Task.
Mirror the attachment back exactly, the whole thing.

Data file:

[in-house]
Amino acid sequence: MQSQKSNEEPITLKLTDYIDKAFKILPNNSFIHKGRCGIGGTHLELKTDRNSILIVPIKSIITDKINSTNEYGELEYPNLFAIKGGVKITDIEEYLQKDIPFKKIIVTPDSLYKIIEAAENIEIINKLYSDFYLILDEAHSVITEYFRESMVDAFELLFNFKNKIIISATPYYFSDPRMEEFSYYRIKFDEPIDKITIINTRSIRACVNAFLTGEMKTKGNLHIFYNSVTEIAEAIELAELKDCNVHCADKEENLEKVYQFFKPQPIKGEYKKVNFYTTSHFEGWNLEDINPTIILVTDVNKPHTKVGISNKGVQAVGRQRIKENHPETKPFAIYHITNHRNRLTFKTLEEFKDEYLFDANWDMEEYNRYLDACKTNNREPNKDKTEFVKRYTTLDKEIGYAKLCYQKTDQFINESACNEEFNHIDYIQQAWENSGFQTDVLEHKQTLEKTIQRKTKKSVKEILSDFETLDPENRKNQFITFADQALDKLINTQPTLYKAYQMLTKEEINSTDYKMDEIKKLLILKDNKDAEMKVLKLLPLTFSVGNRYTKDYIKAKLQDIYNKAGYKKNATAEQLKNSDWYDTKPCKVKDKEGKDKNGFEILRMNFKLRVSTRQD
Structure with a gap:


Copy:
[in-house]
Amino acid sequence: MQSQKSNEEPITLKLTDYIDKAFKILPNNSFIHKGRCGIGGTHLELKTDRNSILIVPIKSIITDKINSTNEYGELEYPNLFAIKGGVKITDIEEYLQKDIPFKKIIVTPDSLYKIIEAAENIEIINKLYSDFYLILDEAHSVITEYFRESMVDAFELLFNFKNKIIISATPYYFSDPRMEEFSYYRIKFDEPIDKITIINTRSIRACVNAFLTGEMKTKGNLHIFYNSVTEIAEAIELAELKDCNVHCADKEENLEKVYQFFKPQPIKGEYKKVNFYTTSHFEGWNLEDINPTIILVTDVNKPHTKVGISNKGVQAVGRQRIKENHPETKPFAIYHITNHRNRLTFKTLEEFKDEYLFDANWDMEEYNRYLDACKTNNREPNKDKTEFVKRYTTLDKEIGYAKLCYQKTDQFINESACNEEFNHIDYIQQAWENSGFQTDVLEHKQTLEKTIQRKTKKSVKEILSDFETLDPENRKNQFITFADQALDKLINTQPTLYKAYQMLTKEEINSTDYKMDEIKKLLILKDNKDAEMKVLKLLPLTFSVGNRYTKDYIKAKLQDIYNKAGYKKNATAEQLKNSDWYDTKPCKVKDKEGKDKNGFEILRMNFKLRVSTRQD
Structure with a gap: